They ask me to lower the water to about a foot below the tiles and they do the rest.
Another $300 to open.
 

MarianParoo

Well-known member
Aug 16, 2014
4,615
Northern IL
EV: There are some other alternatives, but that company has an absolute guarantee on equipment and plumbing. Cheapest I know here for your type of cover is $375.

Ping: $136 seems like a great compromise!
 

kcindc

Gold Supporter
LifeTime Supporter
TFP Guide
Sep 2, 2011
1,299
Fairfax, VA
What pipe exactly burst and how did it come apart? Blowing air through the system and having a pipe burst above ground sounds kind of strange. What type of air compressor were you using? Maybe you closed off a valve and pressure built up. When closing a pool, the main drain should stay open to protect the system and it is always the last to go, so the system does not build to much backpressure. Just curious. I am glad that you were able to fix it.


Pin Guy, I would recommend paying the $136, if you are not comfortable, as this is a fair price for the lines only. Keep us posted!
It was the pipe between my heater and my in line chlorinator. It failed because i used a leaf blower which didn't have enough pressure to go through the pipes and equipment. It was enough to get the water out of the heater but after the heater the pipes dip down below the rest of the equipment before coming back up to the chlorinator.

If I did it myself again, I would purchase a compressor.

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JVTrain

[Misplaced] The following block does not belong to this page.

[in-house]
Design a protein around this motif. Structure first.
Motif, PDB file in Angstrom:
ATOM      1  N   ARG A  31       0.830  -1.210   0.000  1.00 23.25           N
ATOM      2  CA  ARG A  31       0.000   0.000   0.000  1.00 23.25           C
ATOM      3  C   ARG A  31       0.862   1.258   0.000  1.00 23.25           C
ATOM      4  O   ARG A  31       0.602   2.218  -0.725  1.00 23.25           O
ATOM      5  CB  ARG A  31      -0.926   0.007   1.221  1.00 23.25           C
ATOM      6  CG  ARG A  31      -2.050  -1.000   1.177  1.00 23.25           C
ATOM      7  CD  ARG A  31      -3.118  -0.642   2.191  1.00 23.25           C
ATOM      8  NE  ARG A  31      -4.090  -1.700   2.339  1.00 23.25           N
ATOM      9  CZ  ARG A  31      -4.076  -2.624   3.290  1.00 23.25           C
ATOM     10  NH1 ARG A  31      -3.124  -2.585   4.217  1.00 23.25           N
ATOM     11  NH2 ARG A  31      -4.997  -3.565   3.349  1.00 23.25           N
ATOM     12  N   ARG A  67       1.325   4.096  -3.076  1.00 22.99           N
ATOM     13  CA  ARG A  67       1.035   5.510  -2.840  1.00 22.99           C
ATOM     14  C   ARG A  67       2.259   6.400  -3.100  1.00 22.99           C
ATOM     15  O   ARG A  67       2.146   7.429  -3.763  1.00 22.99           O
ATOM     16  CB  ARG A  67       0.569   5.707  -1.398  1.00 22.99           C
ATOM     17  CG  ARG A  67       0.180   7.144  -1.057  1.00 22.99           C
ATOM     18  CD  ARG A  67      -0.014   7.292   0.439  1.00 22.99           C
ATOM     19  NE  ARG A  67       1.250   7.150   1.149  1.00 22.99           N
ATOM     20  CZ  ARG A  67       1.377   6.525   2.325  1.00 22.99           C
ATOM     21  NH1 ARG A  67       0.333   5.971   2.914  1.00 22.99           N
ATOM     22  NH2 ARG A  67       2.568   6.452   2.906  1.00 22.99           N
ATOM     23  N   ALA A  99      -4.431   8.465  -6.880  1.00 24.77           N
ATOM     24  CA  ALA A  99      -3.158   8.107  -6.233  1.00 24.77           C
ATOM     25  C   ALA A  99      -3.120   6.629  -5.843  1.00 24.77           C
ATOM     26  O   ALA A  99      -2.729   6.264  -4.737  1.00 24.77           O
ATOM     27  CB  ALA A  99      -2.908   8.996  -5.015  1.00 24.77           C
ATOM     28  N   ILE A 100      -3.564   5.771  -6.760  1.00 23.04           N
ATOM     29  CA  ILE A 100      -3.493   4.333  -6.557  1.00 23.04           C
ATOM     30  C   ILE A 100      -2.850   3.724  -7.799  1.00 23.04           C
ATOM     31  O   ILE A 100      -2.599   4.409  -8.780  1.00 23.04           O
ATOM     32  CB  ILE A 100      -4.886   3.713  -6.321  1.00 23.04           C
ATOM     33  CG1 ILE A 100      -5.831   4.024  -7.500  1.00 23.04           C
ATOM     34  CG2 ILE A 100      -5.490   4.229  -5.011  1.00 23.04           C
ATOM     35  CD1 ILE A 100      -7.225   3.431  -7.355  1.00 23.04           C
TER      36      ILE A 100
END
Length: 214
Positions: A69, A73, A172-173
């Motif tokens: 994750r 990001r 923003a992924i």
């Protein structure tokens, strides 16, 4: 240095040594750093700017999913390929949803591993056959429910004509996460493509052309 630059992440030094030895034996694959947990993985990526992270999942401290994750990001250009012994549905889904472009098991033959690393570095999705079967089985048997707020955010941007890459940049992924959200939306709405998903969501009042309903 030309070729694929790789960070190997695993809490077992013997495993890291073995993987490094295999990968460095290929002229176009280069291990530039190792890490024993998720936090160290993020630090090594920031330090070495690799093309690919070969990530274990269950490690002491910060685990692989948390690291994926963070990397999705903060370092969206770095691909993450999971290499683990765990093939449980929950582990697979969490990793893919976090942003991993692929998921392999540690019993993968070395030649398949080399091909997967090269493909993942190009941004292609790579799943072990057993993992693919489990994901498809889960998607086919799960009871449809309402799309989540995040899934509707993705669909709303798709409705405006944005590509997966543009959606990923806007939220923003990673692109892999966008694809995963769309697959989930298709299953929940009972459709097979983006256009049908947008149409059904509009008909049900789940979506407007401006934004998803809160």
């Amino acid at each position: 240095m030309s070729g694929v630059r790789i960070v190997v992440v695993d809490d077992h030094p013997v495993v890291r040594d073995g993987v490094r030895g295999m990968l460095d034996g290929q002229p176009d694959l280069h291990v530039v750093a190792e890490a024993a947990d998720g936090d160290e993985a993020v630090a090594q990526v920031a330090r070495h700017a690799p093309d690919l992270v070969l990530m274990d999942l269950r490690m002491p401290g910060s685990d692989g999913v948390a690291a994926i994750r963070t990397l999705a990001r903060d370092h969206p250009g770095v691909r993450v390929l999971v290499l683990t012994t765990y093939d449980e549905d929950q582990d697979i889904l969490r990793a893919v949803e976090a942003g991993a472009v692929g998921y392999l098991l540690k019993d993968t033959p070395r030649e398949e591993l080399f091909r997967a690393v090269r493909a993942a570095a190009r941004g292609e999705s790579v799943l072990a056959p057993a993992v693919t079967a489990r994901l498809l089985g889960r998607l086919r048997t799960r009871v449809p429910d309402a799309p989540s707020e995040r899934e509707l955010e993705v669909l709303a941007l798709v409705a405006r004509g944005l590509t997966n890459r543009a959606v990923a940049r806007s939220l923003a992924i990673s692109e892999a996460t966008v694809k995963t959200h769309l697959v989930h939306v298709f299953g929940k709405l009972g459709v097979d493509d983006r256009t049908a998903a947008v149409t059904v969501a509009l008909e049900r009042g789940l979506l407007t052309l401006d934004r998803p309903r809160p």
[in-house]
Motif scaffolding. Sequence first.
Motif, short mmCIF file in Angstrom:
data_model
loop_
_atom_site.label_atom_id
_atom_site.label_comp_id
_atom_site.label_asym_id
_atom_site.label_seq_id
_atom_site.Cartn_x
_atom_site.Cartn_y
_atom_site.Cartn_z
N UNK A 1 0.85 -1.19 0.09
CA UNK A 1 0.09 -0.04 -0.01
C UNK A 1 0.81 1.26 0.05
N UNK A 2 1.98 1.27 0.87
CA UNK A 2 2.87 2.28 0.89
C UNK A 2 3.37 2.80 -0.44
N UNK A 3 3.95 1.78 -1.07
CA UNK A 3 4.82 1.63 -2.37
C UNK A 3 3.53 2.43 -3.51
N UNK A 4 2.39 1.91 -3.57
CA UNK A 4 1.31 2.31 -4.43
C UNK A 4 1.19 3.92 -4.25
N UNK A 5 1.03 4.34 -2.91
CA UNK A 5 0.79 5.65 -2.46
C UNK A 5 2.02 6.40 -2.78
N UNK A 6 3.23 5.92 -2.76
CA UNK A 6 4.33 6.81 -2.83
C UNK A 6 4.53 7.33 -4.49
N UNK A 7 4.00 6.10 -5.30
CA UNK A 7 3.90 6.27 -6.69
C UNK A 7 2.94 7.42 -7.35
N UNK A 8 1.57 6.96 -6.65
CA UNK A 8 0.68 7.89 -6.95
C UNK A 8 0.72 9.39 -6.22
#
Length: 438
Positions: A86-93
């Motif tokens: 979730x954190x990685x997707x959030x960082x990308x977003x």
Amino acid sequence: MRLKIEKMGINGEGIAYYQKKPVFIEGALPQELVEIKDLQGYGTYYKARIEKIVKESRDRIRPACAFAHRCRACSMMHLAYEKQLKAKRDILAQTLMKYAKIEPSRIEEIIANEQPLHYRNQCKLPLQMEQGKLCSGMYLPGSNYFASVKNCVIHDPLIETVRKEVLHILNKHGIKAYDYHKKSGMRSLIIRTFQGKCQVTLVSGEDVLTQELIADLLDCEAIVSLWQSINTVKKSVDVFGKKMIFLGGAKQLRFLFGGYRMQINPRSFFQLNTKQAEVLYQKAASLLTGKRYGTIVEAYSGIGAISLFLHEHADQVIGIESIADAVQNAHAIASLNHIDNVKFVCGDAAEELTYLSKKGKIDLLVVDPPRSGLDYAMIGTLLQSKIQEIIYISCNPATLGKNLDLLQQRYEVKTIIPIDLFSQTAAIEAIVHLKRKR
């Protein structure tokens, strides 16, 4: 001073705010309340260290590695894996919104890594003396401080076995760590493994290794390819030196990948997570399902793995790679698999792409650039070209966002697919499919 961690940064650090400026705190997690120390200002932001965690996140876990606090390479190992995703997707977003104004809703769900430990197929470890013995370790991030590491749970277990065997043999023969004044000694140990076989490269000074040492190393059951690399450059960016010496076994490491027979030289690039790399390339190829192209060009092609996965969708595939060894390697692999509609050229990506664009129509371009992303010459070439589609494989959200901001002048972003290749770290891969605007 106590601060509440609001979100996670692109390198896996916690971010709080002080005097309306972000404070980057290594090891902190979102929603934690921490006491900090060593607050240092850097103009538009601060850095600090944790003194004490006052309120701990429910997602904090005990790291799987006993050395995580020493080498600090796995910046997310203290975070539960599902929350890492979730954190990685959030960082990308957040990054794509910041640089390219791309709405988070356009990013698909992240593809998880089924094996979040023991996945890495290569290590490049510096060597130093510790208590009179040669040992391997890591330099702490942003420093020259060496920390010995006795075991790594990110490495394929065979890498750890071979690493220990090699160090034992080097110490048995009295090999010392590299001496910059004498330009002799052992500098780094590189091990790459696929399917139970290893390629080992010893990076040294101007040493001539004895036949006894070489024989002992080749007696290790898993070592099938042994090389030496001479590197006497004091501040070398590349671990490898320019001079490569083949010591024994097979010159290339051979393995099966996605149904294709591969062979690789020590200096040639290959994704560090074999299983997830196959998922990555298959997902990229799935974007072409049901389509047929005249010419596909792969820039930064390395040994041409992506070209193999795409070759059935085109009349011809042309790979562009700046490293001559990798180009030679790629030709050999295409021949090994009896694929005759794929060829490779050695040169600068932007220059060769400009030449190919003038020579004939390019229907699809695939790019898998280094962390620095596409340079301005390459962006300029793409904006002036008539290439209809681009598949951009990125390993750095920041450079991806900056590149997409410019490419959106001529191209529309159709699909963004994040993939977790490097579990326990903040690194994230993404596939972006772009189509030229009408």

TFP Expert
Feb 3, 2014
5,081
Central Minnesota
Last year I had the pool company blow out my lines, RV antifreeze and air lock the main drain. Before they arrived, I had lowered the water level below returns. I handled installing the loop-loc cover after closing. Based on a CYA rise I measured in the spring, they added some dichlor during closing against my wishes. I'd have to look up the receipt but I believe it was $120. I'm debating about doing the blow-out myself this year but that $120 is kind of cheap insurance if anything should go wrong over the winter such as freeze damage...
 

appstategrad

Well-known member
Jul 12, 2014
173
Hickory, NC
Wow...I think I need to open a side business with those rates! I did my own last year as a first time pool owner. Yes, I was worried b/c of no prior experience, but I am also the "I'd prefer to do it myself type", even though it probably took me 3x as long as someone who has done it for years. Good luck with whatever you decide!

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Chrissykr

Well-known member
Jun 8, 2014
623
Rogers, AR
I pay $149.00. They close and put the loop loc cover on. I do my own chemicals otherwise they charge $16.00 for chemicals.